Identity Crisis

Last Sunday’s sermon was on unity, focusing on the lectionary passage from the beginning of First Corinthians. The title of my sermon was “Give Me a U.” The plan was to talk about Paul’s encouragement regarding unity, to remind us all to reflect on how we seek unity in our own local church, but also to offer a confession regarding unity on a larger level. Most of the world’s Christians gather in churches that belong to denominations that do not ordain people like me:  a woman. I’m not exactly all that eager to pursue unity in that regard, I’ll admit.

In the time before the service started, as people began arriving and the choir got settled in, I noticed a few people perusing the bulletin and then I heard a few comments regarding the sermon title. “U?” someone asked, “is that for Unitarian?”

My heart sank. Over the course of the last six months or so, several people who are part of the Old South community have admitted to me that they don’t really feel tied to Christianity. Instead, they feel more Unitarian.

This isn’t exactly new to my experience at Old South. I remember a couple who had started attending the church about ten years ago. They openly identified as Unitarian-Universalist, but they didn’t really like the local UU church. They knew a few people who belonged to Old South, so they started to come to worship and to get involved in the church. Occasionally, they would make a comment regarding my “too Christian” approach, suggesting that perhaps I could try talking about Jesus not quite so often. It was hard to know how to respond to them, except to find ways of saying that the church was a Christian church, and was when they started attending.

I am a Christian and I was called to serve a Christian church. Yet, I’m aware that the church that I serve is not universally connected to the One who is supposed to serve as our center, our focus, our “Head.” And, it feels like this is more and more of an issue as the church gets smaller.

I remember when I was in Divinity School that there was a common joking thread that UCC stood for “Unitarians Considering Christ” rather than “United Church of Christ.” The churches that I’ve served and the church I grew up in have all, until Old South, unabashedly identified as Christian. During my first months at Old South, almost fifteen years ago, one of my predecessors warned me that the church was not strongly connected to “the Gospel.”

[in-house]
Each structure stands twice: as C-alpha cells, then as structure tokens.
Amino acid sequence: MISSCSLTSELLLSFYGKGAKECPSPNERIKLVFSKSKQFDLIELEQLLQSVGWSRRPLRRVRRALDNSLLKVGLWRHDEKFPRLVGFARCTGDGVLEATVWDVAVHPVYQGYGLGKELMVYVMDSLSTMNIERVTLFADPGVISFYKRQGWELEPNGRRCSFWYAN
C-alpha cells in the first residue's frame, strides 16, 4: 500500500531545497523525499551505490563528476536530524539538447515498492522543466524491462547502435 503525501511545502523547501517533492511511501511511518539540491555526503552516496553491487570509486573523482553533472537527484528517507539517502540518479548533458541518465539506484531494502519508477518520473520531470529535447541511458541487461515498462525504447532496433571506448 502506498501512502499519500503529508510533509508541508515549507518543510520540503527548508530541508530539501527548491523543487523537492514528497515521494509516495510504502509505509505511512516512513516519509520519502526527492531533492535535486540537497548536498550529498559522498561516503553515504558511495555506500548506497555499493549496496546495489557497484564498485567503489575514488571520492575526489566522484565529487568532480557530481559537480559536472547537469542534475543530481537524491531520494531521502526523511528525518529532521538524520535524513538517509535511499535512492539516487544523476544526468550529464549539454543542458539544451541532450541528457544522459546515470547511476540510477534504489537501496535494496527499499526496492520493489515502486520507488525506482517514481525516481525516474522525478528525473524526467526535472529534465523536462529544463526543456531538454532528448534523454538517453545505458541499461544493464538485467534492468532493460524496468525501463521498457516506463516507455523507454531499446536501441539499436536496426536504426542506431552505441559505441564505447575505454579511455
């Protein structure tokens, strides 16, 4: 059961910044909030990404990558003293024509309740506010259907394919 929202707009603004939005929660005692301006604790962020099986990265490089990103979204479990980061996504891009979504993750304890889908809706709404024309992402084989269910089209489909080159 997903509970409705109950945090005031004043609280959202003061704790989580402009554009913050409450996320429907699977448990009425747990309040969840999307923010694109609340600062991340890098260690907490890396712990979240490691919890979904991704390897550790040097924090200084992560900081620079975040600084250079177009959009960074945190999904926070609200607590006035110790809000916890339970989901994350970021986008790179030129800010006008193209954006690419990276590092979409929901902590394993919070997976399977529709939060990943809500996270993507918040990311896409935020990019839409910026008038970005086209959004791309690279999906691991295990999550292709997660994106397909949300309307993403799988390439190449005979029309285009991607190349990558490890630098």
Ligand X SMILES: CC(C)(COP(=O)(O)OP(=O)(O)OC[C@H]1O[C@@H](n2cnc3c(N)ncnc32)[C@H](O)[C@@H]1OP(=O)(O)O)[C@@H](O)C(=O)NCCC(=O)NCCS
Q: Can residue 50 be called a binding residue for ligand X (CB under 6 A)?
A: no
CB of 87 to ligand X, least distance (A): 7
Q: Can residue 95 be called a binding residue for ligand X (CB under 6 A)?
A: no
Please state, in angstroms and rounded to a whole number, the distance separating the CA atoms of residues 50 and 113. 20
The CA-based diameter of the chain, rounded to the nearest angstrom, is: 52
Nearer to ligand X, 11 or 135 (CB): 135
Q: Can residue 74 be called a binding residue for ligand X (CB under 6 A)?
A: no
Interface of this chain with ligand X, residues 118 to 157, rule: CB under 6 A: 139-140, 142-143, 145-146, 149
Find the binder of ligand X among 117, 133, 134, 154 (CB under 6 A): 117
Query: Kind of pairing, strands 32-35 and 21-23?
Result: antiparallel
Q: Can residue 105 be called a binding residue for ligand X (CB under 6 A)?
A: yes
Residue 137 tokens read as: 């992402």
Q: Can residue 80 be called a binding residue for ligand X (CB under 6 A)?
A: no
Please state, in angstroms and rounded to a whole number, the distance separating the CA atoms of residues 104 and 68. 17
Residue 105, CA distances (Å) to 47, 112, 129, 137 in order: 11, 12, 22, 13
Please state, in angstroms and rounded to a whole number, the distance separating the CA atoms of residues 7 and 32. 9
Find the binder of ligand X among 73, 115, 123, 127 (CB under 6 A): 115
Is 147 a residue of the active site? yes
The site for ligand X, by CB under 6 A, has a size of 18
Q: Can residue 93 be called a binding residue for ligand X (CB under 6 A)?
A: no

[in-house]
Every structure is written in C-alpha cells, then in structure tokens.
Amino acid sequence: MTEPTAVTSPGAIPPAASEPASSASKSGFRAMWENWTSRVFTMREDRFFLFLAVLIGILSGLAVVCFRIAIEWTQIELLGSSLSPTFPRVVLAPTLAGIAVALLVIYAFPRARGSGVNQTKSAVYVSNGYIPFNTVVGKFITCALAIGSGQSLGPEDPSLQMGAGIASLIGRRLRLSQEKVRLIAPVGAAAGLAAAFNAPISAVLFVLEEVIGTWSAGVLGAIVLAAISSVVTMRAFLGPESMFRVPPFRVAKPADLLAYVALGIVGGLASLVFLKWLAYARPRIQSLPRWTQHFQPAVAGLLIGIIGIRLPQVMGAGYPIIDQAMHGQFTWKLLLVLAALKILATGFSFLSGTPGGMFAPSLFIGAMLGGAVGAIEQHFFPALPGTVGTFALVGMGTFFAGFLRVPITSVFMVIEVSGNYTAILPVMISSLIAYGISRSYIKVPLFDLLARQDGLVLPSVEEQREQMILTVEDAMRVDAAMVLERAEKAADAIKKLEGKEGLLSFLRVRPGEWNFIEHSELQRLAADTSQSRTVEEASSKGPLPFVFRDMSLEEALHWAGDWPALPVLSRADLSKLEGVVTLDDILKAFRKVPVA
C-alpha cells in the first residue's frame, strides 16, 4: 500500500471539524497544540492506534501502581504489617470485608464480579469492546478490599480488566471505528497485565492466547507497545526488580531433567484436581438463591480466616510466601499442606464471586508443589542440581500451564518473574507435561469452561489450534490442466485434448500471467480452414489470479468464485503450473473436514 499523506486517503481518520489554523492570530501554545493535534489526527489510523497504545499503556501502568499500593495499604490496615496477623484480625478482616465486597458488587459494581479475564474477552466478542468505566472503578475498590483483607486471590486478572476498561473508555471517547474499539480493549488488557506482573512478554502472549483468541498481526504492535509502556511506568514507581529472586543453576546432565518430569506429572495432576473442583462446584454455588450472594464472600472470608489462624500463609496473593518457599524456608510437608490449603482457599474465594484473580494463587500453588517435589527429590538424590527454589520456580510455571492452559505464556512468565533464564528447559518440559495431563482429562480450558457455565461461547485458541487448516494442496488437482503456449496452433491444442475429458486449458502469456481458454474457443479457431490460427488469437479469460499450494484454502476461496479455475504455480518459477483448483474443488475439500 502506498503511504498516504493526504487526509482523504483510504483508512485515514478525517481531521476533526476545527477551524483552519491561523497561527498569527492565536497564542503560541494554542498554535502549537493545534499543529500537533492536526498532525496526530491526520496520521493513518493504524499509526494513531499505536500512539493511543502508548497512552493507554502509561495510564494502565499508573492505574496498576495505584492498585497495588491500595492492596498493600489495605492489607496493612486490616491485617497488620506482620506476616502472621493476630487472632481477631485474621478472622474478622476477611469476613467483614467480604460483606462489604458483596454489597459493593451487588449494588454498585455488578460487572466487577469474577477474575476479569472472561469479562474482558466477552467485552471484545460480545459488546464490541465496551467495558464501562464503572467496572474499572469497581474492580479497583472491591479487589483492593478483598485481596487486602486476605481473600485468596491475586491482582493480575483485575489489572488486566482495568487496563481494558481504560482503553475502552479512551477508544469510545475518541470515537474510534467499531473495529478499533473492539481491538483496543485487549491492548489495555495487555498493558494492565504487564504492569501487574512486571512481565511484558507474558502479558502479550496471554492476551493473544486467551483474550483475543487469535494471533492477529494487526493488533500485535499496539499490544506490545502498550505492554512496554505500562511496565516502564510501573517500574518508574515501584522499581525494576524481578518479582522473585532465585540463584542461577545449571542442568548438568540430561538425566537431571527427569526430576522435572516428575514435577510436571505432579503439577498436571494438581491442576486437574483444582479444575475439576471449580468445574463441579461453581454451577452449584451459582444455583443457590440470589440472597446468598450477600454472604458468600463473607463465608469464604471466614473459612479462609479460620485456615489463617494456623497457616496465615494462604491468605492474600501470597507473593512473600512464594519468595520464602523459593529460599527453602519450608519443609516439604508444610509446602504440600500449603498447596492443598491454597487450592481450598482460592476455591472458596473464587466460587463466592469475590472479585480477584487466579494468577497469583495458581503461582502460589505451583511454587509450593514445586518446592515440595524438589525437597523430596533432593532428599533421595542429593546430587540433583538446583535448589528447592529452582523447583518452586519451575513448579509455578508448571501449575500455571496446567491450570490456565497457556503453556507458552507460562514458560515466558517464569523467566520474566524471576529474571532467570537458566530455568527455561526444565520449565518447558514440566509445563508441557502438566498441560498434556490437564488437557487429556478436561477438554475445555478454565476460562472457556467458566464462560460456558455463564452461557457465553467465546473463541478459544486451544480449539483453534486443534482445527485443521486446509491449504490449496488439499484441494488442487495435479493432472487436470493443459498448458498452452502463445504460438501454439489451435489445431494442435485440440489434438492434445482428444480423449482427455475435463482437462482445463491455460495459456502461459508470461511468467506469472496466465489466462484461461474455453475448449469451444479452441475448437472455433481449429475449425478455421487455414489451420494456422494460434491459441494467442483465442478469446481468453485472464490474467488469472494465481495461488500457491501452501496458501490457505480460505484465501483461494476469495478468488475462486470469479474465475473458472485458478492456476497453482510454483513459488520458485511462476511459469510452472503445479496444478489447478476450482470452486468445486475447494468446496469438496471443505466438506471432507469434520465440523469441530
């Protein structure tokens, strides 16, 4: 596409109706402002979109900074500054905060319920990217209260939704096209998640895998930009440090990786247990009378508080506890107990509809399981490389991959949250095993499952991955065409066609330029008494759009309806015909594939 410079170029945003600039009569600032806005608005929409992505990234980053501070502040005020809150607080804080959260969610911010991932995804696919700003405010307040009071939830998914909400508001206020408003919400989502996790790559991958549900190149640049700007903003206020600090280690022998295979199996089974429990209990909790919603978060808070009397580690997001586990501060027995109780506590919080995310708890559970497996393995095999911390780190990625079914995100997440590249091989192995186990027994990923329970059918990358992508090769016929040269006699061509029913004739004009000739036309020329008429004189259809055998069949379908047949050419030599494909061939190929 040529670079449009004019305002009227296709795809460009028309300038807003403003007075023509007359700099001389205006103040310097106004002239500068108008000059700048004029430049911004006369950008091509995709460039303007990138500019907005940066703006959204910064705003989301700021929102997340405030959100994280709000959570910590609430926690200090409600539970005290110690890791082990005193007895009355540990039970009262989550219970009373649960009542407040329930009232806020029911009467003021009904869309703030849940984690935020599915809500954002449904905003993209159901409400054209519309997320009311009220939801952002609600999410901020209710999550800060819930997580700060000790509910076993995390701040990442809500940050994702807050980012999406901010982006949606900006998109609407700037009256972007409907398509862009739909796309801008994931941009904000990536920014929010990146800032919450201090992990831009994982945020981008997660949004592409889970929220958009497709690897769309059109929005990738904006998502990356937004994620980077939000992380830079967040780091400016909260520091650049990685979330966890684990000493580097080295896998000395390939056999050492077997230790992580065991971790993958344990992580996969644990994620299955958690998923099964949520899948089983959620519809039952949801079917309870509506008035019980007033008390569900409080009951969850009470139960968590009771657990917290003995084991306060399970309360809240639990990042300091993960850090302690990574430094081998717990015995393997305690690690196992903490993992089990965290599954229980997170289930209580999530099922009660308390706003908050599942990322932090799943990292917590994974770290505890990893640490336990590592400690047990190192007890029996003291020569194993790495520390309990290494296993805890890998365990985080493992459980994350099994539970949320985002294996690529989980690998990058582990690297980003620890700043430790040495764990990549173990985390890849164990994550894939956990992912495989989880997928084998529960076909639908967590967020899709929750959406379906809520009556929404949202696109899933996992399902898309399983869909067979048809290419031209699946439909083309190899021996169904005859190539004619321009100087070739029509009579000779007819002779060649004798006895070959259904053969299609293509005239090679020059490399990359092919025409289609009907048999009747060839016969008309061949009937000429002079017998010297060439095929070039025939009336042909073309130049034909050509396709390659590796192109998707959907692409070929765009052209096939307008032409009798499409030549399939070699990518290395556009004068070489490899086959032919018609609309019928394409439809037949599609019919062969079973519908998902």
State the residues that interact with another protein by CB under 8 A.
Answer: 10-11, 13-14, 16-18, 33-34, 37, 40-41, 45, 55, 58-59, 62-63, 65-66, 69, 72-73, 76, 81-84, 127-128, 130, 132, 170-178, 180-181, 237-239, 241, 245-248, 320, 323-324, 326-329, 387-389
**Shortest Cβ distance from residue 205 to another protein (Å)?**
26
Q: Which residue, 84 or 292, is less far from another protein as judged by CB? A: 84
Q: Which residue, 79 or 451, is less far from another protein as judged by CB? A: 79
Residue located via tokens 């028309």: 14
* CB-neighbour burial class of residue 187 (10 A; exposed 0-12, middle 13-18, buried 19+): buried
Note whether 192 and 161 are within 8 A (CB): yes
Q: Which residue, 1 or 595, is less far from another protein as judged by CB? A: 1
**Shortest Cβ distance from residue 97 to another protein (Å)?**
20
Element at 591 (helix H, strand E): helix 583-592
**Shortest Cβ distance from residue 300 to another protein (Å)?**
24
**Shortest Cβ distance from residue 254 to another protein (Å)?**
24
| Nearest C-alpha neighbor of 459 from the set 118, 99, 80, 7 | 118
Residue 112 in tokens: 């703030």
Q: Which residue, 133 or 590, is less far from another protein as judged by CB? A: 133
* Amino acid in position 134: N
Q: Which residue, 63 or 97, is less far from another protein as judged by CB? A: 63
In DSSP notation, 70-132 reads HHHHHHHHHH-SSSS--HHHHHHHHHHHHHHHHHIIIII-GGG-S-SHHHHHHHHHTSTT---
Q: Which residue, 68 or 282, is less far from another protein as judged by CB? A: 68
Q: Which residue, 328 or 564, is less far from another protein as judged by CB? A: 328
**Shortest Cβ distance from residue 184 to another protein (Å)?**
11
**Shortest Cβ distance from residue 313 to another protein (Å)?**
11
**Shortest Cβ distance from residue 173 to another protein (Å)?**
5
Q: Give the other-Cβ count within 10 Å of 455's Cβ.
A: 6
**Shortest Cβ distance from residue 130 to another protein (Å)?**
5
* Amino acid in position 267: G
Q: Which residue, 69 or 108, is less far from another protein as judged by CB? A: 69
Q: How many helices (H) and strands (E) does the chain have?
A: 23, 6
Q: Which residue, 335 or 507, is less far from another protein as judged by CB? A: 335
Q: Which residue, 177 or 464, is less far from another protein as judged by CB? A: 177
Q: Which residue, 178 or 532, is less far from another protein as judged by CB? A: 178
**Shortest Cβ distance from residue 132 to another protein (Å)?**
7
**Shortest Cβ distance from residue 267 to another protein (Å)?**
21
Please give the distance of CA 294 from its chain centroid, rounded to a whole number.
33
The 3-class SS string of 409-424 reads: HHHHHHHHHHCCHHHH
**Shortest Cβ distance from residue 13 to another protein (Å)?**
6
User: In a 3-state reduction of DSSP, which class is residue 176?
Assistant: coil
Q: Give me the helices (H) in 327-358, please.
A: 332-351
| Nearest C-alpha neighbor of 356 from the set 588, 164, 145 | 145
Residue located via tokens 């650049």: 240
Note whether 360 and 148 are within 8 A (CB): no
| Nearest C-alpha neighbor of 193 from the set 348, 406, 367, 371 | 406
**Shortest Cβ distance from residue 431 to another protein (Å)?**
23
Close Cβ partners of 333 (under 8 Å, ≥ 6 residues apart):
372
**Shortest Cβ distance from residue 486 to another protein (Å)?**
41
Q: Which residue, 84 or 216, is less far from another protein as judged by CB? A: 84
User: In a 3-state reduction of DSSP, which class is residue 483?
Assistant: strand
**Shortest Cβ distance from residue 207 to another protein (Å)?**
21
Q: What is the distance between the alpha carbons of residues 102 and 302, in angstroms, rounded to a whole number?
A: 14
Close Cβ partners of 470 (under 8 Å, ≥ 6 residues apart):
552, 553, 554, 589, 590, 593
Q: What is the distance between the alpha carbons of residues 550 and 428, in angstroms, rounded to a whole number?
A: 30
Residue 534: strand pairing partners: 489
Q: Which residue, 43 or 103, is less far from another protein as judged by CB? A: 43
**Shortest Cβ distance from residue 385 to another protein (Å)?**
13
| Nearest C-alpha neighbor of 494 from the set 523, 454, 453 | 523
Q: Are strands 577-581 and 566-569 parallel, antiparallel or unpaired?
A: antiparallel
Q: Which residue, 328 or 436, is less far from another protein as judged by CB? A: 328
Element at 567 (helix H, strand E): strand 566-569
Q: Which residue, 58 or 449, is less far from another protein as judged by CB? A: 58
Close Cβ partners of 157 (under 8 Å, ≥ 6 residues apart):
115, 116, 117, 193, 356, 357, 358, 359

Over the years, I’ve experienced small reminders of that warning. But, it’s only recently that it has started to feel like an issue. I particularly worry about the church’s sense of identity.  Perhaps among a larger group of people, a few stragglers may not be all that big of a deal.  But, as the church shrinks, it feels more troublesome for the community to be only partially connected to a common sense of purpose, a reason for being.

At Old South, we are blessed with a group of people who do not spend considerable time quarreling with each other.  It’s a fairly unified group.  As it shrinks, though, things are likely to become a more complicated, especially around important decisions that we’ll need to make.  Will our unity hold?  And, how will it hold if we are not all connected to the same sense of purpose, if we cannot agree on who we are and to whom we belong?

I pray, then, that we’ll find our way to a higher sense of unity, and of purpose, that we’ll find our way, together, to embrace and renew our link to our Head.  I’ll take a U, please, for unity:  unity in Christ.

 

About smaxreisert

I'm a United Church of Christ pastor serving the small, faithful Old South Congregational Church, United Church of Christ, in Hallowell, Maine. I was ordained in Massachusetts in 1995, moved to Maine in 1997 and have served the Hallowell church since 2005.
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